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Infielder CJ Alexander plays for the Northwest Arkansas Naturals, Double-A affiliate of the Kansas City Royals. Photo credit: Kelsey Chanler/NWA Naturals

When the Royals decided to trade the 35th pick in the MLB Draft to the Atlanta Braves for a trio of minor leaguers last month, outfielder Drew Waters and right-hander Andrew Hoffman received the vast majority of the attention from prospect hounds — perhaps rightfully so, as both players are now ranked as top-20 prospects in Kansas City's system by both MLB Pipeline and Baseball America. Infielder CJ Alexander, however, is determined to prove that he was more than just a throw-in.

The left-handed hitting 26-year-old was batting .258/.294/.465 with 11 doubles, 15 homers and 43 RBIs for the Mississippi Braves, Atlanta's Double-A affiliate, when the Royals acquired him on July 11. He took a while to find his footing after joining Kansas City's Double-A squad, the Northwest Arkansas Naturals, but something clicked for him once the calendar flipped to August.

In 12 games this month, Alexander has a .300/.321/.740 slash line with seven home runs and 18 RBIs. He's tied with White Sox prospect Jose Rodriguez and Rays farmhand Heriberto Hernandez for the most homers in August of any player in the minors, and he leads the Texas League in runs batted in over the same stretch.

It's shaping up to be a breakthrough season for Alexander, who was selected by the Braves out of State College of Florida in the 20th round of the 2018 draft. The 6-foot-5, 215-pound infielder, who is a natural third baseman but has added first base to his positional toolbelt over the last two seasons, got off to a great start in professional ball — albeit with a drastically different offensive profile — batting .352/.429/.495 across three different levels and finishing the season in High-A. He endured three subsequent rough seasons, though — he posted a .425 OPS over 43 games during an injury-ravaged 2019 season, was not invited to the Braves' alternate training site in 2020 and spent the full season away from baseball, then struggled to a .197/.258/.378 slash line as he returned to action last year. Now in his third season where he's spent time at the Double-A level, Alexander is putting it all together and seems to have unlocked the power-hitting potential that one would expect a player with his size and strength to possess.

If there's been one negative through Alexander's five weeks in the Royals organization, is that he's reverted back to his free-swinging tendencies of years past. Alexander hasn't drawn many free passes since he reached the upper minors — he has a 6.1% walk rate over three Double-A seasons. But after striking out more than 30% of the time in each of his first two seasons in Double-A, he had reduced his strikeout rate to 21.8% in 68 games with Mississippi. In 25 games with Northwest Arkansas, though, he's punched out 32 times in 108 plate appearances — 29.6% of the time. He'll need to recover some of the discipline he displayed early this season if he's going to succeed against more advanced pitching.

It's true that Alexander is old for Double-A — he was born before every player in the Royals' starting lineup on Monday night except Salvador Perez and Nicky Lopez — and since he's at least spent parts of three seasons at the level now, he's meeting expectations more than he's opening eyes with his mastery of opposing pitchers. He's been dealt obstacle after obstacle since his pro career began, though, whether it's been injuries, a season lost to a pandemic or a midseason trade. If he can steer clear of more unfortunate circumstances moving forward, he still has the chance to be a late-blooming success story. With the incredible power that he's flashed lately, there's absolutely reason to be intrigued.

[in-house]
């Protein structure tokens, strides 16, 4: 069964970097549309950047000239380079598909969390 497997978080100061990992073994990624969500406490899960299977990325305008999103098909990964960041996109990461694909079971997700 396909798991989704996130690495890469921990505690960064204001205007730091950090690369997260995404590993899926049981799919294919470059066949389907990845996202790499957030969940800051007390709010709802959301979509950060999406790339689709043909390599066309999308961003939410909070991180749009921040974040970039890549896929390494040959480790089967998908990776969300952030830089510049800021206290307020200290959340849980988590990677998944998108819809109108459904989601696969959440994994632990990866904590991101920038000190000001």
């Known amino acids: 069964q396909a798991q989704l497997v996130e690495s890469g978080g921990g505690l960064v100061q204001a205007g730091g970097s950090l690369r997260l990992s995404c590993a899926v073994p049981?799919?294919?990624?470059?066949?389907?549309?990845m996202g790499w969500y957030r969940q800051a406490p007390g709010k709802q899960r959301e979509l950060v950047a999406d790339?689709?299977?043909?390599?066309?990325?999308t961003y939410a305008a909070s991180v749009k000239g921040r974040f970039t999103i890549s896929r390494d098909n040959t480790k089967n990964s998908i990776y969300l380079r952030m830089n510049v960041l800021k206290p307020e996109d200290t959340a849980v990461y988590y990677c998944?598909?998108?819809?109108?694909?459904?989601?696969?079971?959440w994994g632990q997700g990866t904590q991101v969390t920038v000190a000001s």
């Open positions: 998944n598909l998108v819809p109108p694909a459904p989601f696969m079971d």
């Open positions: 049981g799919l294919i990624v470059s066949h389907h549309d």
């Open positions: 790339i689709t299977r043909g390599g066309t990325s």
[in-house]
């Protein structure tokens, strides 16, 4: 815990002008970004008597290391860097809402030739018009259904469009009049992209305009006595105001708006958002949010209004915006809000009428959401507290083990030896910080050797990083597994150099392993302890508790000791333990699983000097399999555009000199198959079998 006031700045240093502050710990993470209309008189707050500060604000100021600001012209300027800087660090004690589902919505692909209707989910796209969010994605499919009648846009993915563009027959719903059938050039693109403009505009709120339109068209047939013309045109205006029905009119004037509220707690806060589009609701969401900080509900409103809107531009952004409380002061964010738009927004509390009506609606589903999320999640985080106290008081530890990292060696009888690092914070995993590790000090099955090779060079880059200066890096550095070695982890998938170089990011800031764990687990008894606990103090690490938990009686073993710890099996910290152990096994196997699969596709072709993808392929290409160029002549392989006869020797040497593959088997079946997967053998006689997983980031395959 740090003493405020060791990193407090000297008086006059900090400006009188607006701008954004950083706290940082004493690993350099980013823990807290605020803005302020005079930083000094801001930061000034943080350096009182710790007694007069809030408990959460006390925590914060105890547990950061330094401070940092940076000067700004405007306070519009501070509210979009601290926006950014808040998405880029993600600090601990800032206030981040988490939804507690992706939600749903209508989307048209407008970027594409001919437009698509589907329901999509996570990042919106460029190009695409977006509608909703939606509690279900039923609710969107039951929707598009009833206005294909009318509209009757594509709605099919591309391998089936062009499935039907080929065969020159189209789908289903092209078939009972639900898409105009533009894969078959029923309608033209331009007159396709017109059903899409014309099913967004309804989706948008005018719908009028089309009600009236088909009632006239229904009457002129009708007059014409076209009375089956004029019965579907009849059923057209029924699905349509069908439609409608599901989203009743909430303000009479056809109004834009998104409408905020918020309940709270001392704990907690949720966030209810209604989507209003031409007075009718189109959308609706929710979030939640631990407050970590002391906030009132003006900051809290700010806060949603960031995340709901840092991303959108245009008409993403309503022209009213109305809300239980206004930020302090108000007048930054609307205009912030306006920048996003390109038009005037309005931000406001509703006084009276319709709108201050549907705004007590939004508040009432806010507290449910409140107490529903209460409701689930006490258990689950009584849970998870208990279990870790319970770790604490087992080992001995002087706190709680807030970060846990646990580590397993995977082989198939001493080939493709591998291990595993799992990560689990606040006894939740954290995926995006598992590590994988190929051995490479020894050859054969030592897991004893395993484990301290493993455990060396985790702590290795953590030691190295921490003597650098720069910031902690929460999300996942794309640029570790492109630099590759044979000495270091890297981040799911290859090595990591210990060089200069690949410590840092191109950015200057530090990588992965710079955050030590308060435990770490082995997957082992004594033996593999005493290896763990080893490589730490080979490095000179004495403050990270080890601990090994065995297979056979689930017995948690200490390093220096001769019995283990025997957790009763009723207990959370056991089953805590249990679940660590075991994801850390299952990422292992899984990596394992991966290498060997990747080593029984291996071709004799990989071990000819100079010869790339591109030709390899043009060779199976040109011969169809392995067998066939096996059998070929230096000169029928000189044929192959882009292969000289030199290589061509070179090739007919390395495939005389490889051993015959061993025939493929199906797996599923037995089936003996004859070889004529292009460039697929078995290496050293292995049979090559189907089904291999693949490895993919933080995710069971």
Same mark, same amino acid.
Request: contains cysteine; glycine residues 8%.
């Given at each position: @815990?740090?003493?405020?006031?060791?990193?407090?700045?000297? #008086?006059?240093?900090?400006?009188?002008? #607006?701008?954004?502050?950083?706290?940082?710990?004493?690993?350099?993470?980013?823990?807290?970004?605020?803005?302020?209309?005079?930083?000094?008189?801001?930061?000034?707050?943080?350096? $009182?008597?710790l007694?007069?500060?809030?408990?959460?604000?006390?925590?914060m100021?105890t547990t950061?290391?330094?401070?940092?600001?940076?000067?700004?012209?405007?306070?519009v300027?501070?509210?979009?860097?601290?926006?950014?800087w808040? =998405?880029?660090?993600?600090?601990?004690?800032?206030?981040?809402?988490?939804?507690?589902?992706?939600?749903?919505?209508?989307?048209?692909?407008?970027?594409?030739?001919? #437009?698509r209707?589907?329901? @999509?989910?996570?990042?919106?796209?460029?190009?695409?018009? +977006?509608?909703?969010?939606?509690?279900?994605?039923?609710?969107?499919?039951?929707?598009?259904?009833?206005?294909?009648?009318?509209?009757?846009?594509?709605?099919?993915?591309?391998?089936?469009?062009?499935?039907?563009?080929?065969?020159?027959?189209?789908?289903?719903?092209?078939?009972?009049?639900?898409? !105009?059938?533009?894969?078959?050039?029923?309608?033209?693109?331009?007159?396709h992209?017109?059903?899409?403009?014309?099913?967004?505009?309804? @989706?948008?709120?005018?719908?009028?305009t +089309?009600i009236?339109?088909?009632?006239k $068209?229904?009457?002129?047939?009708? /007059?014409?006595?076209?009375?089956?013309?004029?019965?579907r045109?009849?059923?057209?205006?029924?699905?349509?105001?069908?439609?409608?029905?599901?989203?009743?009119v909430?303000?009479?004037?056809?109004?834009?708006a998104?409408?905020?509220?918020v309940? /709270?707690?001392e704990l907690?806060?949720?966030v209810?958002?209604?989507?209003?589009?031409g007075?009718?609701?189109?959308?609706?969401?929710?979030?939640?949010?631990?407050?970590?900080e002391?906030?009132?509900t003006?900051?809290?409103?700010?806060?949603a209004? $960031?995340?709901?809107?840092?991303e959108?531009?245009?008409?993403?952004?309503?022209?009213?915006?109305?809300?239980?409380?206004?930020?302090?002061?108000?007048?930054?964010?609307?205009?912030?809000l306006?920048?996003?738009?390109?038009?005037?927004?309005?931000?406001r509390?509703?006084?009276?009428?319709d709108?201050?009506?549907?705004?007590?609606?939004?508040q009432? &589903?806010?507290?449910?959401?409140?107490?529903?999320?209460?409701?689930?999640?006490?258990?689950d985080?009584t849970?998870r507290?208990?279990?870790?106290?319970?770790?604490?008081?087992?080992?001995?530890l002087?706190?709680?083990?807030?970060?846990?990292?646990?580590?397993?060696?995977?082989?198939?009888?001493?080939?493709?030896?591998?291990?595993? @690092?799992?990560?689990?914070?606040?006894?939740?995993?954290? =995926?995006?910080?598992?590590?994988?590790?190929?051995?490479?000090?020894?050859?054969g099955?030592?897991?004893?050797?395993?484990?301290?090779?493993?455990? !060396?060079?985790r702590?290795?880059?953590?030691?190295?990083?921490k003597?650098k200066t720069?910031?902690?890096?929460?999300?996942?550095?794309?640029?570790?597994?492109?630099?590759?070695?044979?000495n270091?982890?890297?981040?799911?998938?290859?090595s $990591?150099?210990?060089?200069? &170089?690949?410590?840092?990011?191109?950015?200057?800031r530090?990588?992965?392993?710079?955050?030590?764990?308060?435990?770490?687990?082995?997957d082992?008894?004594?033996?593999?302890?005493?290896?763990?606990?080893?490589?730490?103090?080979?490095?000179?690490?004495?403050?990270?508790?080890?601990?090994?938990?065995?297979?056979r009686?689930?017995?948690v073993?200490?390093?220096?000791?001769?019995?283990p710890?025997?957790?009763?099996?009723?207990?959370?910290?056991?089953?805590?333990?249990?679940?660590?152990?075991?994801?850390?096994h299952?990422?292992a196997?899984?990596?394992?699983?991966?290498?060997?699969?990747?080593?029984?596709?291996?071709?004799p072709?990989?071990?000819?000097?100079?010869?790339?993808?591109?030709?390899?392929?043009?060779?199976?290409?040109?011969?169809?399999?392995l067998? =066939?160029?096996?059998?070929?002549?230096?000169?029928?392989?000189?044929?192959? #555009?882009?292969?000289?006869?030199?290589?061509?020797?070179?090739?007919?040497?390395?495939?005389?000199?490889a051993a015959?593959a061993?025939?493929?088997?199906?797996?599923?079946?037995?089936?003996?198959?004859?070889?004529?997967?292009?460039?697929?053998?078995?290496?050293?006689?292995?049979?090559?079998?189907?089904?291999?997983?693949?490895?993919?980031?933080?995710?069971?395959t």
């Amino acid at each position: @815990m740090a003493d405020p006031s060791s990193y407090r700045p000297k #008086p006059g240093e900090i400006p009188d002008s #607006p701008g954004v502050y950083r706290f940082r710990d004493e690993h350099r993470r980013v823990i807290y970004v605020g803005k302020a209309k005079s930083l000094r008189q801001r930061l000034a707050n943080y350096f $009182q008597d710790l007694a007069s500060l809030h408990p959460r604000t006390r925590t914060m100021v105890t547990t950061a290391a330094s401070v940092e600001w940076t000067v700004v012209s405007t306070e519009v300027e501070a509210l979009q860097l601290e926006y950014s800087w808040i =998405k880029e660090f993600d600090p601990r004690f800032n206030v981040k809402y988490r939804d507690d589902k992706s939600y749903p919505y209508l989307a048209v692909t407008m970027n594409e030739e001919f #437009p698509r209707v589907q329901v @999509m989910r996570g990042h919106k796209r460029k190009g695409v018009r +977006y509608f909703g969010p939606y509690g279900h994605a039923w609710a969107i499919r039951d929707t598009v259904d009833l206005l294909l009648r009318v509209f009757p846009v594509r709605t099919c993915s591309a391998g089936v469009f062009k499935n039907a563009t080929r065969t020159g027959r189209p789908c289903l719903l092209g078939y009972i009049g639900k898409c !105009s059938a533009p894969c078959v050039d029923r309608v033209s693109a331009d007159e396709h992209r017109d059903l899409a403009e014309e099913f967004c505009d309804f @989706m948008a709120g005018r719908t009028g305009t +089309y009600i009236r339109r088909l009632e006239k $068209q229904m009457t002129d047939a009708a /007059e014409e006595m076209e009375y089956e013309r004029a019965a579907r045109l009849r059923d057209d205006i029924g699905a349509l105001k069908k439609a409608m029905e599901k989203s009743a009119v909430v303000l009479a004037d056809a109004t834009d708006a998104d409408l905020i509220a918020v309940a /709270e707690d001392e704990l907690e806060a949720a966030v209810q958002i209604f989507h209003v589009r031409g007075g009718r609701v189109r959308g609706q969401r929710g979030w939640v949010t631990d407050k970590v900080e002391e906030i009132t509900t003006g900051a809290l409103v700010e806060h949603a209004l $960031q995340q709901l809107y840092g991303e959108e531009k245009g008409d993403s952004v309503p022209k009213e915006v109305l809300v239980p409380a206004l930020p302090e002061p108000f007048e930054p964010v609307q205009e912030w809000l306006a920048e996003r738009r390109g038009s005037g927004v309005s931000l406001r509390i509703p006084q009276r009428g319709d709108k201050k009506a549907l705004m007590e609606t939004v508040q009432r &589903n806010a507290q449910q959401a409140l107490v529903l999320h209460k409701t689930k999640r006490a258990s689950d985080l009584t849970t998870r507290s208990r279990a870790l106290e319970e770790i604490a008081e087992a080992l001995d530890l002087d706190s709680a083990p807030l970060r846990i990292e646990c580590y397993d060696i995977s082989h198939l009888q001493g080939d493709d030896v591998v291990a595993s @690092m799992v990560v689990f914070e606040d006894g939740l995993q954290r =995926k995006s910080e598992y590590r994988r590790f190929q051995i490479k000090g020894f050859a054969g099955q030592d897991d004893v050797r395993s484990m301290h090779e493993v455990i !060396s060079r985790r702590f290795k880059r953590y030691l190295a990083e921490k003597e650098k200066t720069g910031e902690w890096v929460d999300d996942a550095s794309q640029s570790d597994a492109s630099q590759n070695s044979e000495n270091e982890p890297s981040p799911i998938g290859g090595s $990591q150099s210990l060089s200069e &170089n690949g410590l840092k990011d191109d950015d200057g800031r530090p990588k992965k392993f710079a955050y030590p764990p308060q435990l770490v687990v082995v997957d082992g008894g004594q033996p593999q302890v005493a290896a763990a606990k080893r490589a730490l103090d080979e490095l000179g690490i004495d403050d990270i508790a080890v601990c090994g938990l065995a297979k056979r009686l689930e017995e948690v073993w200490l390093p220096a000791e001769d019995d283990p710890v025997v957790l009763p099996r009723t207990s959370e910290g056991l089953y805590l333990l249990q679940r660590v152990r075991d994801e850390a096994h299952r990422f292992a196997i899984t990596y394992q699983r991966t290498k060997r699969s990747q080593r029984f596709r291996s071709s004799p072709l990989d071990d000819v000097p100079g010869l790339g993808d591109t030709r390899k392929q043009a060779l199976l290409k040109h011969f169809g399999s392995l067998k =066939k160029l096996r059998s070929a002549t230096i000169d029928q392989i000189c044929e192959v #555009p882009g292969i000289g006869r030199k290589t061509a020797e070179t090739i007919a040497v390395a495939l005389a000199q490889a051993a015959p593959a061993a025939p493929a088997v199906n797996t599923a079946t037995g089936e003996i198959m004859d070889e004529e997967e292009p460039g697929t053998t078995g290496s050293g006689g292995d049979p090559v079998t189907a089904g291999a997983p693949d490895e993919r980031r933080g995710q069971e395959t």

STANDOUT PERFORMERS

Omaha Storm Chasers (Triple-A): Catcher Freddy Fermin is 27 years old and is probably pretty close to being a finished product. That close-to-finished product appears to be major league worthy.

Fermin, a right-handed hitter from Venezuela who joined the organization in 2015, finally got his big league debut out of the way last month when vaccination issues required the Royals to call up a flurry of minor leaguers for a four-game series in Toronto. He more than earned that opportunity, as he's had a very strong season in all facets for the Storm Chasers, and now he's looking to prove that he deserves to stick in the majors on a long-term basis.

The 5-foot-10, 200-pound catcher is batting .257/.363/.417 with six home runs, 32 RBIs and nearly as many walks (32) as strikeouts (39) in 223 plate appearances. He's arguably been Omaha's hottest hitter this month, posting a .333/.429/.500 slash line while drawing seven free passes and striking out seven times over 12 games in August.

Fermin, who's widely regarded as a plus defender, has lived up to his reputation this year and has only three passed balls and four errors in 413 innings behind the plate. He's thrown out 30.5% of attempted base stealers.

While Fermin hasn't appeared on top prospect lists over the years, it's clear that the Royals like him quite a bit. During the pandemic-shortened 2020 season, he was part of a select group of prospects that was invited to work out at the Royals' alternate training site. This year, he was given a promotion to Omaha to begin the season while Sebastian Rivero — a 23-year-old defensive whiz who is a member of the 40-man roster and was perfectly solid in Triple-A last year — was assigned to Northwest Arkansas. It initially seemed like that move might've been made so Rivero and MJ Melendez, the Opening Day starting catcher in Omaha, could both receive near-everyday at-bats. But the arrangement remained the same when Melendez was called up to the majors, never to return, on May 2. Even as Logan Porter — another 27-year-old catcher who has been one of the top offensive performers in the organization this year — has arrived in Omaha, Fermin has continued to receive the bulk of the starts behind the plate with Porter shifting over to first base.